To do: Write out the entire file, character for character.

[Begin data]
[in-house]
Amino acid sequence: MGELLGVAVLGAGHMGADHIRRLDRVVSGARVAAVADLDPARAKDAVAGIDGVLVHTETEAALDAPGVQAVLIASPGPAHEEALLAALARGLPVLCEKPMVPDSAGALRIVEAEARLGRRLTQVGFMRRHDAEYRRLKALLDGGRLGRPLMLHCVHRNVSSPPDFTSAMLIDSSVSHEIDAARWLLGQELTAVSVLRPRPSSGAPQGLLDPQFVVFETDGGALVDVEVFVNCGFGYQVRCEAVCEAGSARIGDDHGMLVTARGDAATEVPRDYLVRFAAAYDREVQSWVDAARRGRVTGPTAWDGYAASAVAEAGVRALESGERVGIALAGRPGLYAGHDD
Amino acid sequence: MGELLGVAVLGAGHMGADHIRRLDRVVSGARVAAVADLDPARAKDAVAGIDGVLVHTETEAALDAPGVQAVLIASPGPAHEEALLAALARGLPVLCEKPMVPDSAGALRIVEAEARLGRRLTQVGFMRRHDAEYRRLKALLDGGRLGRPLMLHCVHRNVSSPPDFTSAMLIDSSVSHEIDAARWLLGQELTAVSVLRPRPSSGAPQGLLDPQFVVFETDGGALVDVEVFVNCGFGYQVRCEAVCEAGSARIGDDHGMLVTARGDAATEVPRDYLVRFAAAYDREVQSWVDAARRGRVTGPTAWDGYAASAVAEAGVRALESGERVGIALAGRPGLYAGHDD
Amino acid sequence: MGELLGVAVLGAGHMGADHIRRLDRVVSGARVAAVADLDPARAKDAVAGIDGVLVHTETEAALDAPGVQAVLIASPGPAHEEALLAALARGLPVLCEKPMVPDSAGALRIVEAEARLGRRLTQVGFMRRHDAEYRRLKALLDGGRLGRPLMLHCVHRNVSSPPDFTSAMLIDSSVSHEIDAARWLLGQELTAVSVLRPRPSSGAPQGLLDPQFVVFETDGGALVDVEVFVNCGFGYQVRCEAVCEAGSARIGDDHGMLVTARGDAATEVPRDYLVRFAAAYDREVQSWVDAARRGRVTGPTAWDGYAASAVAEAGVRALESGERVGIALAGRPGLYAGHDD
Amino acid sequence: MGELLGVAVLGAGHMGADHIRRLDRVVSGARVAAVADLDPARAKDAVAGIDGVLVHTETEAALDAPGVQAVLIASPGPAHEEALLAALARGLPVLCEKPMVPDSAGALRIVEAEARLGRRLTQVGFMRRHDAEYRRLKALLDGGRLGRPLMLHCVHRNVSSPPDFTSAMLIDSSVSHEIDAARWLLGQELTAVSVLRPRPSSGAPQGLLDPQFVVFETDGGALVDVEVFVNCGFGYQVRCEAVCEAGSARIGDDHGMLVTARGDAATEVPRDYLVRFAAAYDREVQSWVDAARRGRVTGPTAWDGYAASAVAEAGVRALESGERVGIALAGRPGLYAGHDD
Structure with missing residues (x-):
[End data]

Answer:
[in-house]
Amino acid sequence: MGELLGVAVLGAGHMGADHIRRLDRVVSGARVAAVADLDPARAKDAVAGIDGVLVHTETEAALDAPGVQAVLIASPGPAHEEALLAALARGLPVLCEKPMVPDSAGALRIVEAEARLGRRLTQVGFMRRHDAEYRRLKALLDGGRLGRPLMLHCVHRNVSSPPDFTSAMLIDSSVSHEIDAARWLLGQELTAVSVLRPRPSSGAPQGLLDPQFVVFETDGGALVDVEVFVNCGFGYQVRCEAVCEAGSARIGDDHGMLVTARGDAATEVPRDYLVRFAAAYDREVQSWVDAARRGRVTGPTAWDGYAASAVAEAGVRALESGERVGIALAGRPGLYAGHDD
Amino acid sequence: MGELLGVAVLGAGHMGADHIRRLDRVVSGARVAAVADLDPARAKDAVAGIDGVLVHTETEAALDAPGVQAVLIASPGPAHEEALLAALARGLPVLCEKPMVPDSAGALRIVEAEARLGRRLTQVGFMRRHDAEYRRLKALLDGGRLGRPLMLHCVHRNVSSPPDFTSAMLIDSSVSHEIDAARWLLGQELTAVSVLRPRPSSGAPQGLLDPQFVVFETDGGALVDVEVFVNCGFGYQVRCEAVCEAGSARIGDDHGMLVTARGDAATEVPRDYLVRFAAAYDREVQSWVDAARRGRVTGPTAWDGYAASAVAEAGVRALESGERVGIALAGRPGLYAGHDD
Amino acid sequence: MGELLGVAVLGAGHMGADHIRRLDRVVSGARVAAVADLDPARAKDAVAGIDGVLVHTETEAALDAPGVQAVLIASPGPAHEEALLAALARGLPVLCEKPMVPDSAGALRIVEAEARLGRRLTQVGFMRRHDAEYRRLKALLDGGRLGRPLMLHCVHRNVSSPPDFTSAMLIDSSVSHEIDAARWLLGQELTAVSVLRPRPSSGAPQGLLDPQFVVFETDGGALVDVEVFVNCGFGYQVRCEAVCEAGSARIGDDHGMLVTARGDAATEVPRDYLVRFAAAYDREVQSWVDAARRGRVTGPTAWDGYAASAVAEAGVRALESGERVGIALAGRPGLYAGHDD
Amino acid sequence: MGELLGVAVLGAGHMGADHIRRLDRVVSGARVAAVADLDPARAKDAVAGIDGVLVHTETEAALDAPGVQAVLIASPGPAHEEALLAALARGLPVLCEKPMVPDSAGALRIVEAEARLGRRLTQVGFMRRHDAEYRRLKALLDGGRLGRPLMLHCVHRNVSSPPDFTSAMLIDSSVSHEIDAARWLLGQELTAVSVLRPRPSSGAPQGLLDPQFVVFETDGGALVDVEVFVNCGFGYQVRCEAVCEAGSARIGDDHGMLVTARGDAATEVPRDYLVRFAAAYDREVQSWVDAARRGRVTGPTAWDGYAASAVAEAGVRALESGERVGIALAGRPGLYAGHDD
Structure with missing residues (x-):